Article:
Death rates in RTW states among nation’s highest

RTW neighbors’ death rates worse than Missouri, Illinois

RTW Death copyAs Missouri workers breath a sigh of relief over having made it through the recently ended legislative session without passage of Right-to-Work (RTW) measure, the latest death statistics from 2012 show that Missouri’s RTW neighbor states far surpass us in the number of deaths per 100,000 workers.

It’s yet another example of why we don’t need this deceptive, anti-worker law here.


The report issued by the AFL-CIO, Death on the Job: The Toll of Neglect, shows that Missouri ranks 21st of 50 states, Illinois at 10th.

However, Missouri’s RTW neighbors fared far worse:

• Arkansas: 39/50

• Iowa: 44/50

• Kansas: 41/50

• Nebraska: 38/50

• Oklahoma: 42/50

• Tennessee: 30/50

According to a report released May 8, some 4,628 workers were killed in the United States during 2012 due to workplace injuries.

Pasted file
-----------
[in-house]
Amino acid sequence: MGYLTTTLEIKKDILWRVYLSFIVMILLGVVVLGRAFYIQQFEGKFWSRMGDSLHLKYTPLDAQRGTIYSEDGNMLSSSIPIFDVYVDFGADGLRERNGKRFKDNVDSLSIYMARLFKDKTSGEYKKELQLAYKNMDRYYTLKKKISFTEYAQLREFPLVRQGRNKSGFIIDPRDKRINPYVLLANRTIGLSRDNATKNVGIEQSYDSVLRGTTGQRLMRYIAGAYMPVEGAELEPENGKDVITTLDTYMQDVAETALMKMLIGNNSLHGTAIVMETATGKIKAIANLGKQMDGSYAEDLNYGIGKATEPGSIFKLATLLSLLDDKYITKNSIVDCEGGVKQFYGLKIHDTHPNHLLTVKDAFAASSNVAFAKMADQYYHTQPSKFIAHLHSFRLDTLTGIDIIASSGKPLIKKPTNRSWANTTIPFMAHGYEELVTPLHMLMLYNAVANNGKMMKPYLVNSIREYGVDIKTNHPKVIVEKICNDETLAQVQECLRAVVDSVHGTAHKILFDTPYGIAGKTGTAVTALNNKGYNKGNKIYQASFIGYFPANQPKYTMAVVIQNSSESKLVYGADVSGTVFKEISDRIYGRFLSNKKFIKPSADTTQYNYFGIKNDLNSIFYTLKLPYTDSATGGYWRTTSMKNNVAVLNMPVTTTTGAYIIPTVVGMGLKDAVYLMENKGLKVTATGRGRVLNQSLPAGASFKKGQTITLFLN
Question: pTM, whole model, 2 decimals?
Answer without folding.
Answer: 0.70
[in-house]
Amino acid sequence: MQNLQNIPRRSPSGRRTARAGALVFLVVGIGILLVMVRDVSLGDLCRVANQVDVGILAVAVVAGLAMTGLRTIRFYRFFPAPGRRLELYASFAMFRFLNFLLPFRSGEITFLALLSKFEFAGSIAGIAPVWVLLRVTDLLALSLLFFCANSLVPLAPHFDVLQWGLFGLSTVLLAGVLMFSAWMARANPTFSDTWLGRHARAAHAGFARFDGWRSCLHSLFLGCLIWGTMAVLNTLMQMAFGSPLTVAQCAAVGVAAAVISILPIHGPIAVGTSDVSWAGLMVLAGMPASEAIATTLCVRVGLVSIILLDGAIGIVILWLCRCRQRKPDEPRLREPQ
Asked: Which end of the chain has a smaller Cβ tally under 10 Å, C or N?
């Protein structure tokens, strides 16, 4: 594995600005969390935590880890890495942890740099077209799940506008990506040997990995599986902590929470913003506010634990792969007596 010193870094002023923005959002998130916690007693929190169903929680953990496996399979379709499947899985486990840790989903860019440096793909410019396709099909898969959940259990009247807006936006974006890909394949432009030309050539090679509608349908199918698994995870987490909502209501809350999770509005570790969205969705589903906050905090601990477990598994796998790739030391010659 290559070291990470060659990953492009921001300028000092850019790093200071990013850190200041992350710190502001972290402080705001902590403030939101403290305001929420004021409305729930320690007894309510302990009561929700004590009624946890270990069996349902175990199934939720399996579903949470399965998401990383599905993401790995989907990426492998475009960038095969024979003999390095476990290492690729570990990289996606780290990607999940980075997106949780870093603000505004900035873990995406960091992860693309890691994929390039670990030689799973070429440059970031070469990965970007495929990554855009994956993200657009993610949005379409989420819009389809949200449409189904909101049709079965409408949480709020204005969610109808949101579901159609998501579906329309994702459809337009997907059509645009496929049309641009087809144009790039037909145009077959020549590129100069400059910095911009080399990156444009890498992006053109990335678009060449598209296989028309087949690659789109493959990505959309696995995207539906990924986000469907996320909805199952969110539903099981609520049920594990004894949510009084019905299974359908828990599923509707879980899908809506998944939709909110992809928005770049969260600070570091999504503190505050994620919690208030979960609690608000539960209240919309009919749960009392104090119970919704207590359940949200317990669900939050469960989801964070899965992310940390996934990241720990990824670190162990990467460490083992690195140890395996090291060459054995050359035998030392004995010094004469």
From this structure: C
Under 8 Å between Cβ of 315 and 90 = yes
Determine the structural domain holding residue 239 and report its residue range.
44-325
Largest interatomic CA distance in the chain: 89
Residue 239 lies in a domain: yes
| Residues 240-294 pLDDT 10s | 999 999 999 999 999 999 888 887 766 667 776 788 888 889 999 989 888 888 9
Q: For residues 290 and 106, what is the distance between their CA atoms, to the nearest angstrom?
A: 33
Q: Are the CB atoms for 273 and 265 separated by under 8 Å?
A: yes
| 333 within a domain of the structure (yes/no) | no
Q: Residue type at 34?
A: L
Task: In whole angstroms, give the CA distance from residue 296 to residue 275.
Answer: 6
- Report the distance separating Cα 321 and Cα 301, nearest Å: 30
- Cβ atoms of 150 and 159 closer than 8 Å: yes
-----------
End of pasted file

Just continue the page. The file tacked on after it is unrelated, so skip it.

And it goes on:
Additionally, an estimated 50,000 died from occupational diseases, resulting in a loss of nearly 150 workers each day from preventable workplace conditions.


“A hard day’s work should not be a death sentence,” said AFL-CIO President Richard Trumka. “It is unconscionable that any worker has to choose between life and putting food on the table. When Congress votes to weaken worker protections or defund critical programs and when big corporations marginalize and deemphasize worker safety, they insult the memory of all those workers who have died while fighting to attain the American Dream.”

The report shows the highest workplace fatality rates were found in the RTW states of North Dakota, Wyoming, and West Virginia (also in worker friendly states of Alaska and Montana), while Massachusetts, Rhode Island, Connecticut, New Hampshire (tied), and Washington (tied) – all worker-friendly states – had the lowest state fatality rates.

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